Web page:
Former President of Kroger Foods.
b.abt 1926/27
Rlene LAJINESS (b.~1929 d.2013)
d/o Sylvester Lajiness & Lucille Powell
Obituary of Rlene
Kenneth Lyle EVERINGHAM (b.1904)
Christina EVERINGHAM (b.1905)
children: EVERINGHAM
  1. Nancy
  2. Mark
  3. Christina
  1. Robert George (b.10 Apr 1928)
  2. Donna Rae
  3. Jacqueline (b.3 Sep 1931)
  4. Joan (b.2 Oct 1934)
  5. James Roy (b.20 Mar 1937)
  6. Linda Lee (b.1 Feb 1946)
fact sources and writings about this individual:

Lyle wrote in March 2000:
"I remember your grandparents, Dale & Leora and your great grandparents, Charlie & Clara Everingham, but that was a long time ago, when they lived south of Onaway, Michigan."

Research of Kevin Everingham of MI, 2005-2012:

1978 - Lyle Everingham is named Kroger President and CEO.
Kroger opens Tara foods in Georgia
1979, Kroger becomes the 2nd largest food retailing company in the United States.
1980 - The Kroger Company tops $10,000,000,000 in sales.
1990 Lyle's Retirement... (with photos) The Blade News, Toledo, OH, Nov 4, 1990

Lyle named Alum of the Year (Onaway Area Schools Alumni Association). Onaway Outlook, Friday, June 20, 2008... article contains an old school photo.
full story:

In 1944, Lyle Everingham graduated from Onaway High School. World War II was in progress, and he was immediately drafted into the U.S. Army. After training in Texas, he was given a short leave to go home and then shipped to the South Pacific. It was quite a change for a boy from northern Michigan.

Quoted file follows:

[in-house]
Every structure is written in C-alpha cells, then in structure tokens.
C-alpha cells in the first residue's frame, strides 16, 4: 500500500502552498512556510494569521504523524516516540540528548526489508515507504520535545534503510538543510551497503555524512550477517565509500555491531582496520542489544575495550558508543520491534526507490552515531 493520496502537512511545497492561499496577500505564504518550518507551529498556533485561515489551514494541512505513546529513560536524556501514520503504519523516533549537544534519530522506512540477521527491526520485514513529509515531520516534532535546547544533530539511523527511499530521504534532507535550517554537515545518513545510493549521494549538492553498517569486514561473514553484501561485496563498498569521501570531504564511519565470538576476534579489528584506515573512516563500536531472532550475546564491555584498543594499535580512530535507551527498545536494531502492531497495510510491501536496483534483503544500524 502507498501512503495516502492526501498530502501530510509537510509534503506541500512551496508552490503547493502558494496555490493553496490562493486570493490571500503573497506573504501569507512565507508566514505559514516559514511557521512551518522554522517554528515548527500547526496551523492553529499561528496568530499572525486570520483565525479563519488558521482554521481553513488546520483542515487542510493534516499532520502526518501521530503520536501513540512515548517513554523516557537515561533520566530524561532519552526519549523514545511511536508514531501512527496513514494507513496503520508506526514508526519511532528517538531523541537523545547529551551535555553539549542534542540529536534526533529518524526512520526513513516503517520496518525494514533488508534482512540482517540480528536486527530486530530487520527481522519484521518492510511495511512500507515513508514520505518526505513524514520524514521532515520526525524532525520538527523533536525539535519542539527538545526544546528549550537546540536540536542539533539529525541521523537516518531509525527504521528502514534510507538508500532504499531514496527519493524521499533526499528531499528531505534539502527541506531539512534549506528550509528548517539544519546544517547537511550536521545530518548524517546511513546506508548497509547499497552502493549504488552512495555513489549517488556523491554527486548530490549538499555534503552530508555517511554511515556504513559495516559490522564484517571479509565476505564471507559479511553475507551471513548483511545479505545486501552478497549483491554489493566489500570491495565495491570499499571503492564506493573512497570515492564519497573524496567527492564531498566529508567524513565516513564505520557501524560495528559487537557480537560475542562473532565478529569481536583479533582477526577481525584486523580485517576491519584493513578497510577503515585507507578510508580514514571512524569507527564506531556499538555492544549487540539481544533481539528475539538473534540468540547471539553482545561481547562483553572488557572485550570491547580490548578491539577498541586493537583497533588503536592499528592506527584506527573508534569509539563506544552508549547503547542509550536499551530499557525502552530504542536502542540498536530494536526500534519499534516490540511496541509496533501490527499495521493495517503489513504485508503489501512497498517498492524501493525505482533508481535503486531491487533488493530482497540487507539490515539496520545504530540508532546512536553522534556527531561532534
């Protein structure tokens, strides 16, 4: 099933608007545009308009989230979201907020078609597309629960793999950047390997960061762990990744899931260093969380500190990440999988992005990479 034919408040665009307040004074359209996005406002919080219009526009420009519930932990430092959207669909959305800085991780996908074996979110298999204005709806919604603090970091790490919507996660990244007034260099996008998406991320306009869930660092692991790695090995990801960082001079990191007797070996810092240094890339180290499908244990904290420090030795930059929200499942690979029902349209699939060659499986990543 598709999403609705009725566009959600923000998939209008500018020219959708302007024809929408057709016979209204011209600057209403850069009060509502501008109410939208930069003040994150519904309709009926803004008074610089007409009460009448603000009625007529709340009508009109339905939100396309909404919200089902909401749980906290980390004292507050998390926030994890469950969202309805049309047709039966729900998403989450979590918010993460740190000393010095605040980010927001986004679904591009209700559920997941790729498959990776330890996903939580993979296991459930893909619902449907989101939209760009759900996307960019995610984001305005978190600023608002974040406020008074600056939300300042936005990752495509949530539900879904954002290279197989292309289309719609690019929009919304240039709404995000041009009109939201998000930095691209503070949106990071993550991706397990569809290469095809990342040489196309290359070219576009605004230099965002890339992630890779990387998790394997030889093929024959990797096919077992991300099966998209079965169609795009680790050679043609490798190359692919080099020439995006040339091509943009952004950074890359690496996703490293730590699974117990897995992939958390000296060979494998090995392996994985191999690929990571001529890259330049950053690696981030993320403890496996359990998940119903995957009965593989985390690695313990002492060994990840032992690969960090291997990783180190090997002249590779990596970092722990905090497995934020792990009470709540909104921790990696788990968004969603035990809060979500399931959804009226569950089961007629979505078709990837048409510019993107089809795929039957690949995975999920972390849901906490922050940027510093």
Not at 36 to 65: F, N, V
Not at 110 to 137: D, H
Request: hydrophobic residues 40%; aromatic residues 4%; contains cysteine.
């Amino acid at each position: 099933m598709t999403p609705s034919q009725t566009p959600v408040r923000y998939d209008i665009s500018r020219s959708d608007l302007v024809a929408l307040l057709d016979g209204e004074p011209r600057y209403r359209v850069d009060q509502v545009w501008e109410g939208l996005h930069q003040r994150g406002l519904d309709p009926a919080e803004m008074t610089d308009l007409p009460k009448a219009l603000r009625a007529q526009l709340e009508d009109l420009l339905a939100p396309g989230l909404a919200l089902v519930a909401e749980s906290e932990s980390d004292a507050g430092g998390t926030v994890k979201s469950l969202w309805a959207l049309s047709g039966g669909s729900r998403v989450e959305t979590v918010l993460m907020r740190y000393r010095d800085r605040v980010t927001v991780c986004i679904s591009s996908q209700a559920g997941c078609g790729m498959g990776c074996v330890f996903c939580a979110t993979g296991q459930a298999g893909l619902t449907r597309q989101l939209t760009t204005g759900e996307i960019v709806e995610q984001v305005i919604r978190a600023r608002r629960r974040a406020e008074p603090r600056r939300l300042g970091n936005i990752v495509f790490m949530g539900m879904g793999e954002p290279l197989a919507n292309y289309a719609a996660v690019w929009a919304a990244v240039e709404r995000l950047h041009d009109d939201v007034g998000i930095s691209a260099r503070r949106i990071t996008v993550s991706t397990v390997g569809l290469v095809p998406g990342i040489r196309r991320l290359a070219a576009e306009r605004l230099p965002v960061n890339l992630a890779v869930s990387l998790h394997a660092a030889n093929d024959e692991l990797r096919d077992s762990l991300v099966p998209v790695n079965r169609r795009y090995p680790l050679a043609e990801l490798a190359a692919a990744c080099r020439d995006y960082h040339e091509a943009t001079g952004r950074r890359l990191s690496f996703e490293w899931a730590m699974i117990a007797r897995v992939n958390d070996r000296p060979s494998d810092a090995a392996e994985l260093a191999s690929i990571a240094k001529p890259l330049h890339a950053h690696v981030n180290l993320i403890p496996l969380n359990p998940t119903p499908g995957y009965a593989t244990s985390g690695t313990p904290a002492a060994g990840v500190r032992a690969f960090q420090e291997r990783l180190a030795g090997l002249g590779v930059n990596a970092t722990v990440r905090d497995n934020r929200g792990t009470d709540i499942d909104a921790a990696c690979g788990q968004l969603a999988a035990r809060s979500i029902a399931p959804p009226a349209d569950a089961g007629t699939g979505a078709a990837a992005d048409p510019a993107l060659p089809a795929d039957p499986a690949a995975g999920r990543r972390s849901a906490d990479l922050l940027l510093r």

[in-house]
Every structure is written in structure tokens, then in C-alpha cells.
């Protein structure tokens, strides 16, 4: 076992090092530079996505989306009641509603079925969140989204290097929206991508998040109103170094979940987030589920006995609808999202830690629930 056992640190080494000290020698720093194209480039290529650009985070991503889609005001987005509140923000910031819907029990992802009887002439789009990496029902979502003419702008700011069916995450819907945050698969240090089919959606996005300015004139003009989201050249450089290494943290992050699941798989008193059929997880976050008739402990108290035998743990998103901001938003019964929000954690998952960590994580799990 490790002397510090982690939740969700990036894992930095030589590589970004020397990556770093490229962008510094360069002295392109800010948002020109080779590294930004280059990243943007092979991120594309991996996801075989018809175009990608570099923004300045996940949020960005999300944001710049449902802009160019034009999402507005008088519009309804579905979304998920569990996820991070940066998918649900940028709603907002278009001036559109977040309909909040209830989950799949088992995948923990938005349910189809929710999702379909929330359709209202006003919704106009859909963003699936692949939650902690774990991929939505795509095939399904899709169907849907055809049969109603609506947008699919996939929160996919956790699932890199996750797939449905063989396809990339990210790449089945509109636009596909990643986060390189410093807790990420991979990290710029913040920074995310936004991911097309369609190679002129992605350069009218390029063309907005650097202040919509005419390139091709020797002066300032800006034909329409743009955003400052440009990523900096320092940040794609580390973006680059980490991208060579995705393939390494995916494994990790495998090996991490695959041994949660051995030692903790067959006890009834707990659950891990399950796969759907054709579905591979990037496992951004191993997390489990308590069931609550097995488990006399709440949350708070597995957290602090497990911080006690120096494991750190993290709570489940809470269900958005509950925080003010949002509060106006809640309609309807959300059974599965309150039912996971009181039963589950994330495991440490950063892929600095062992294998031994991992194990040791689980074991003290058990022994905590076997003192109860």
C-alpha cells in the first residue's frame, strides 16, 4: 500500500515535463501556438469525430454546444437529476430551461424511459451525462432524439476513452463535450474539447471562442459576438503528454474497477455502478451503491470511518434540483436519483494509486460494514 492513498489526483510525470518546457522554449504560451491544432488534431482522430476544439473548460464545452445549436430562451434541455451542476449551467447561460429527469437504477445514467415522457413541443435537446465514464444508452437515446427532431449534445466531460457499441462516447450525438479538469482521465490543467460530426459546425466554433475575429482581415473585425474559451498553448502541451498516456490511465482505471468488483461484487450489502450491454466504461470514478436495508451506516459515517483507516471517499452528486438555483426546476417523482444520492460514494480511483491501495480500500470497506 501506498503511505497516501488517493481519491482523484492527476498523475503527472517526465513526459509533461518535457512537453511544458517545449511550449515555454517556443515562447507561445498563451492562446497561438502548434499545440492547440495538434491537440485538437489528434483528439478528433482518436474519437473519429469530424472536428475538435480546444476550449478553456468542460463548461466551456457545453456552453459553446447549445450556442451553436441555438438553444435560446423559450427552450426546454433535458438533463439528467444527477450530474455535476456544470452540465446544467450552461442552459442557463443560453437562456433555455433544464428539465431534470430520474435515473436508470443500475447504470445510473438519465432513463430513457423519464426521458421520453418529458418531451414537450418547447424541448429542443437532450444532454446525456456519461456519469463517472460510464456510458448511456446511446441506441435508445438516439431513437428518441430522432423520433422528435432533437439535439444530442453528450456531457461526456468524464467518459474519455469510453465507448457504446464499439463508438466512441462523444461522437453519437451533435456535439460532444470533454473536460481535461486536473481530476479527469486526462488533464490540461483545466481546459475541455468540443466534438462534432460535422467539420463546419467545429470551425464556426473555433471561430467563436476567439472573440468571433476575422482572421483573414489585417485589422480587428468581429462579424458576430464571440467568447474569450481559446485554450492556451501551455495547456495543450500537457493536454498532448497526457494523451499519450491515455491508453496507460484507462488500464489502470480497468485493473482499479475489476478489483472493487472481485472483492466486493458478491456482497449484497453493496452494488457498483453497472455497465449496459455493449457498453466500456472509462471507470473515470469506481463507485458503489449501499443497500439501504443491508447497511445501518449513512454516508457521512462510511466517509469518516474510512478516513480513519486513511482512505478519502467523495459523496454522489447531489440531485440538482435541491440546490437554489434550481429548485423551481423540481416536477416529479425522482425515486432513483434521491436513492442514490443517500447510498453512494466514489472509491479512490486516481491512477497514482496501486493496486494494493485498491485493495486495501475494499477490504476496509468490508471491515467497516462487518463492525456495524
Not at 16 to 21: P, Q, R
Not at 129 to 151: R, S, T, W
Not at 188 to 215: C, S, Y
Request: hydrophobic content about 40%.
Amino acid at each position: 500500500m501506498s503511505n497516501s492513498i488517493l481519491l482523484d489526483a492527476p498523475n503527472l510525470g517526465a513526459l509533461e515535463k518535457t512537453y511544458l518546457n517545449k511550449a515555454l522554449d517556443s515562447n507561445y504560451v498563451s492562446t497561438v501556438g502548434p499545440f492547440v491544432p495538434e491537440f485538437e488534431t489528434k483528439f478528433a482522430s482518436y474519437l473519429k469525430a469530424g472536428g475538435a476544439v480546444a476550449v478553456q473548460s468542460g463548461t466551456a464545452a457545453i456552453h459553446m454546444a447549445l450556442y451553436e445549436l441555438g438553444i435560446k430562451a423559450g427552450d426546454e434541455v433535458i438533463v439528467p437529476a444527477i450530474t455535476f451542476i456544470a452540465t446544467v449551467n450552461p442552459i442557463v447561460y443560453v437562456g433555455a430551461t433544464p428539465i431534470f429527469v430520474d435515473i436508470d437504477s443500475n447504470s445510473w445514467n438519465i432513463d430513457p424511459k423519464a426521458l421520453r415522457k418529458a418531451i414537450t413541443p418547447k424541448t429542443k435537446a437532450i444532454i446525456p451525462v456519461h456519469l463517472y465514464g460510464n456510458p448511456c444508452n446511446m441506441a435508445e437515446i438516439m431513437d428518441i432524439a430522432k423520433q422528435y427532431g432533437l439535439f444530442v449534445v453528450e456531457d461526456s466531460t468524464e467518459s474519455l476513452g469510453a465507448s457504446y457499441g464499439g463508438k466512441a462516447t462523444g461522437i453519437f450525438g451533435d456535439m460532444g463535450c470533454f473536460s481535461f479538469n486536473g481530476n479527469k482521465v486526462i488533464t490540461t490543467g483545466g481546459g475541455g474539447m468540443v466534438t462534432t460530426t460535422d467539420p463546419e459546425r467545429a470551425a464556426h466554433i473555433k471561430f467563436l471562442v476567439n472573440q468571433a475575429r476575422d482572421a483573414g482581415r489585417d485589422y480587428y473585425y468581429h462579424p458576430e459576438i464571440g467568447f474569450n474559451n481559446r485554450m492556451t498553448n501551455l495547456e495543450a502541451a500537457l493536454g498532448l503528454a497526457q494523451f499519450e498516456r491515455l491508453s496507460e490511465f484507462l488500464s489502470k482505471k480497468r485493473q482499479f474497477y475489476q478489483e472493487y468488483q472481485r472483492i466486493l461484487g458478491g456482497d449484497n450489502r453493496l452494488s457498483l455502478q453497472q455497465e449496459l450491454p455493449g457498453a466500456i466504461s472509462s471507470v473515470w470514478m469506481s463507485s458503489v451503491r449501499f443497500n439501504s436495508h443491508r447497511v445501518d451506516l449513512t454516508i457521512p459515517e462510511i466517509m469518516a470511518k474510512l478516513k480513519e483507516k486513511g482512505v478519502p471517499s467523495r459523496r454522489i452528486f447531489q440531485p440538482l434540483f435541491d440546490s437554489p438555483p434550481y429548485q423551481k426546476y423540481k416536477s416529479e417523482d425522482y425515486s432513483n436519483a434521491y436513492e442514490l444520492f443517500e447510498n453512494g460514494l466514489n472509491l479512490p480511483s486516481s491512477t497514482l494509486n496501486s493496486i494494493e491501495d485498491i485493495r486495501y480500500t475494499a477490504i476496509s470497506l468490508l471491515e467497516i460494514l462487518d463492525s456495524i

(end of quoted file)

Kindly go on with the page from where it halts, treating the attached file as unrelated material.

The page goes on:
In the Pacific Theater during the fight for Okinawa, Lyle was wounded. He received a Purple Heart but returned to combat soon after. While on a small ship on the way to his next assignment, news came that atomic bombs had been dropped on Hiroshima and Nagasaki, and the Japanese had surrendered. The sailors operating the vessel invited the army troops aboard to an impromptu celebration. The only alcohol they had was some beer that had suffered from improper storage, but they made do, rust and all, toasting the end of a war that had changed an entire generation and still affects world politics today.

After the war most were sent home, but others were needed for U.S. operations in stabilizing Japan. Lyle, who had time left on his contract with the US Army, remained in Asia. Although he was disappointed at not getting to go home, the experience was interesting. He got to see the Imperial Palace, visit many places in Japan, and serve under General MacArthur, commander of U.S. forces there.

One side trip Lyle recounts involved some horses the men came across in their travels. Having spent lots of time on a farm in his youth, Lyle figured he was quite capable of riding them. These were race horses, however, not the gentle farm animals he was used to, and he learned to his discomfort that he wasn't the horseback rider he'd imagined.

All in all, the experience of World War II shaped every person involved, changing them in many ways. While war is never fun, Lyle considers the experience was good for him, turning a green young man from a rural area into someone ready to face the challenges of the world.